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Simi's $32.6-Million Budget Trimmed to Avoid Shortfall

Finances: No personnel or program cuts are planned for the 1996-97 fiscal year. The public has a chance to ask questions about the spending plan this afternoon.

May 30, 1996|MACK REED | TIMES STAFF WRITER

SIMI VALLEY — With cuts too shallow to draw blood, Simi Valley fiscal planners have trimmed their proposed $32.6-million spending plan for 1996-97 to absorb a $327,300 revenue shortfall without laying off workers or scaling back services.

This afternoon, a 4:30 p.m. budget hearing at City Hall will give residents a chance to ask Finance Director Ken Schecter questions about how the city wants to spend that $32.6 million.

"There are no personnel cuts or program cuts," Schecter said. "It's basically containing everything that we're doing right now, and there are no additional personnel."

He said the meeting will address departmental wants, as well as needs.

"One of the documents that goes along with [the budget] is our policy book, a kind of wish list of things we need over and above this basic budget," Schecter said.

This year's wish list leans toward electronics and hardware.

City departments want a remote-control camera for scoping out sewer pipes, new computers for each of the five City Council members and a $50,000 citywide software upgrade.

Yet while gee-whiz items like a mobile radar speed display trailer and a scanner for identifying stolen cellular phones top the Police Department's wish list, the department also wants money for the human side.

Police commanders asked for $4,100 worth of counseling to help overstressed officers avoid missing work. And they requested $20,300 to make sure that there are lead dispatchers overseeing the dispatch center 24 hours a day.

On the other hand, police and other departments were asked to suggest cuts amounting to 10% of their total budgets in case the city needs to trim expenses later.

The police offered to surrender positions ranging from traffic cops and detectives to DARE and Special Enforcement Section officers.

The city attorney's office is prepared to lose paralegals and a staff attorney. The general services department could do without $12,200 worth of armored car pickups of city cash receipts. And the Waterworks District is willing to forgo a plan to give a developer $500,000 to help build a bigger-than-required tank to store water for a new housing tract.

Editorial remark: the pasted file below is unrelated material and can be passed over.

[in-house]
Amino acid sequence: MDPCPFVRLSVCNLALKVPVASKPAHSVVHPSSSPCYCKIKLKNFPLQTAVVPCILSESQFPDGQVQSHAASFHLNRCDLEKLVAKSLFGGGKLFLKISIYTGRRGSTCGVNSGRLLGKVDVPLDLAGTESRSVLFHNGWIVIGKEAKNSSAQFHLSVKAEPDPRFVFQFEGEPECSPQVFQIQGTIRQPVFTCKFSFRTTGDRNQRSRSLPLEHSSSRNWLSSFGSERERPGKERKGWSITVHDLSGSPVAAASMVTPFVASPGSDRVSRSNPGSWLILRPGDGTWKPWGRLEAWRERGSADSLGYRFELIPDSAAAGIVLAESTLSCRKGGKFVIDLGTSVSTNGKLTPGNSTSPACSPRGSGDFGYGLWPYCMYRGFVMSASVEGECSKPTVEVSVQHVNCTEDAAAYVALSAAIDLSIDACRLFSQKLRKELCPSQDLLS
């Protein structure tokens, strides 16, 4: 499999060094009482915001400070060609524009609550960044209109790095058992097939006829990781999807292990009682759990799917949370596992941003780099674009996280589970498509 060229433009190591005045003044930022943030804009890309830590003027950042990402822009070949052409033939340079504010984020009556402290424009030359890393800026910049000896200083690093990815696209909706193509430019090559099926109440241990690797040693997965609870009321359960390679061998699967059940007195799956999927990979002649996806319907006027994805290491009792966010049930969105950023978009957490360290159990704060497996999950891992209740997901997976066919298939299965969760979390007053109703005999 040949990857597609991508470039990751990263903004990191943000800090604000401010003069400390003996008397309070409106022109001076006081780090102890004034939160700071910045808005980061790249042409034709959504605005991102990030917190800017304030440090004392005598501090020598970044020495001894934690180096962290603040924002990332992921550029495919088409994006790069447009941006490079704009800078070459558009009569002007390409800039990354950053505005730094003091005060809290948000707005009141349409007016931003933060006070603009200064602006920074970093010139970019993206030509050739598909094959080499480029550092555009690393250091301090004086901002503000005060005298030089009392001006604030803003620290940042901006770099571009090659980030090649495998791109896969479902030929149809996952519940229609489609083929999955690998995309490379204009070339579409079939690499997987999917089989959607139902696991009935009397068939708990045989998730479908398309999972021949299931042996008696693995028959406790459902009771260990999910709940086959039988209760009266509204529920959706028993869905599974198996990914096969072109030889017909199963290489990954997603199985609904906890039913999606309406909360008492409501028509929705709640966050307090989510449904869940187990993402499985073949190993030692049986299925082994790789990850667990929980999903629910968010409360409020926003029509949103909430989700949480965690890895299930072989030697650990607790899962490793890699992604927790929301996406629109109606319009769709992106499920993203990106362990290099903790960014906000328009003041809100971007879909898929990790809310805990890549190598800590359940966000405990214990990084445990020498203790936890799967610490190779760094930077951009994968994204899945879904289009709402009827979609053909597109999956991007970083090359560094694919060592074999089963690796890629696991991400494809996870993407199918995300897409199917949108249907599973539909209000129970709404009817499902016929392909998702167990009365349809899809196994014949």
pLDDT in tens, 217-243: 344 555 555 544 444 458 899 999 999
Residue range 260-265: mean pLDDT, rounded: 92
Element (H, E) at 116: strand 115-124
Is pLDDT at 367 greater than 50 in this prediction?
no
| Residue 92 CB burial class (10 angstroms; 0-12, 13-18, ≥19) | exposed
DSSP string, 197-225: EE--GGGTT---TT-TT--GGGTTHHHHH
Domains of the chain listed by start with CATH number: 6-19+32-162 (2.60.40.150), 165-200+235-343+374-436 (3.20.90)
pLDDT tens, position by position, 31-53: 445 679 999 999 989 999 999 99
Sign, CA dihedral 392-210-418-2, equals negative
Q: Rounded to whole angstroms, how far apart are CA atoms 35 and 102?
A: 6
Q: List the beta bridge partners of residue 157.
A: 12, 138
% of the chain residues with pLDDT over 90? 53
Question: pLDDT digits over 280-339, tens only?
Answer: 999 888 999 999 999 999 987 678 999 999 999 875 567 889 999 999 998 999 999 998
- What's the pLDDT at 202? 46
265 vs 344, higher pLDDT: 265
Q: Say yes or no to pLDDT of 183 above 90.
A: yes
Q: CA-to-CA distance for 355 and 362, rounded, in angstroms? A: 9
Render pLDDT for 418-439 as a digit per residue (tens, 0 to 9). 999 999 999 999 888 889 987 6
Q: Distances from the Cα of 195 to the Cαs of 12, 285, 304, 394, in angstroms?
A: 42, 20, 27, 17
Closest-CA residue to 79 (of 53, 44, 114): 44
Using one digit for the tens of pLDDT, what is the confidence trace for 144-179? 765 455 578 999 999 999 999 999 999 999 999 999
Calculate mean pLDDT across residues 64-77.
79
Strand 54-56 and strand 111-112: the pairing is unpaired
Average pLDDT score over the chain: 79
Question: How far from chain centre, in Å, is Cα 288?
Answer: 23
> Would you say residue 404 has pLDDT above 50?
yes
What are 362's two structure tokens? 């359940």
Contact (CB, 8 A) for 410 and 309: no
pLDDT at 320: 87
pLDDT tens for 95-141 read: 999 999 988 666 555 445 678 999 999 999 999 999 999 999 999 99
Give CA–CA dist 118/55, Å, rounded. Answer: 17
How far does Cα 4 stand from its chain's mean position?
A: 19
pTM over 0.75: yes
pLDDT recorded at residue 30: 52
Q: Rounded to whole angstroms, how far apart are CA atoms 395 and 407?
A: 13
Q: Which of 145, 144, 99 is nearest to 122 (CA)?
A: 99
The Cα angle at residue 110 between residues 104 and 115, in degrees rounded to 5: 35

"Whenever we have a shortfall, the council can make that up through cuts, as we mentioned," Schecter said. "But there's also the possibility of funding it from the general fund balance," which is projected to be $22.4 million next year.

But for all this figuring and projecting, a big chunk of the spending plan is still missing, Schecter added: "Any salary changes that are under negotiation right now will have to be factored in."

The union representing secretaries, technicians, maintenance workers and others--some 260 of Simi Valley's 550 workers--is negotiating with the city for a new contract.

The present two-year contract expires June 30, Assistant City Manager Laura Herron said, but she declined to describe the negotiations or specific issues.

Raises still have not been locked down for management employees, she said.

Every 1% of a pay raise will cost the city $61,300 a year for unionized employees and $98,600 for management employees across the board, Schecter estimates.

Taxpayers can scrutinize the budget and ask questions at public meetings today and June 6 in the Community Room at City Hall, 2929 Tapo Canyon Road.

The City Council is set to publicly discuss the budget for the first time at its June 10 meeting at 6:30 p.m. A full-fledged budget meeting is set from 6 to 10 p.m. June 12, and the council will discuss the spending plan once more June 17 before the target adoption date of June 24.

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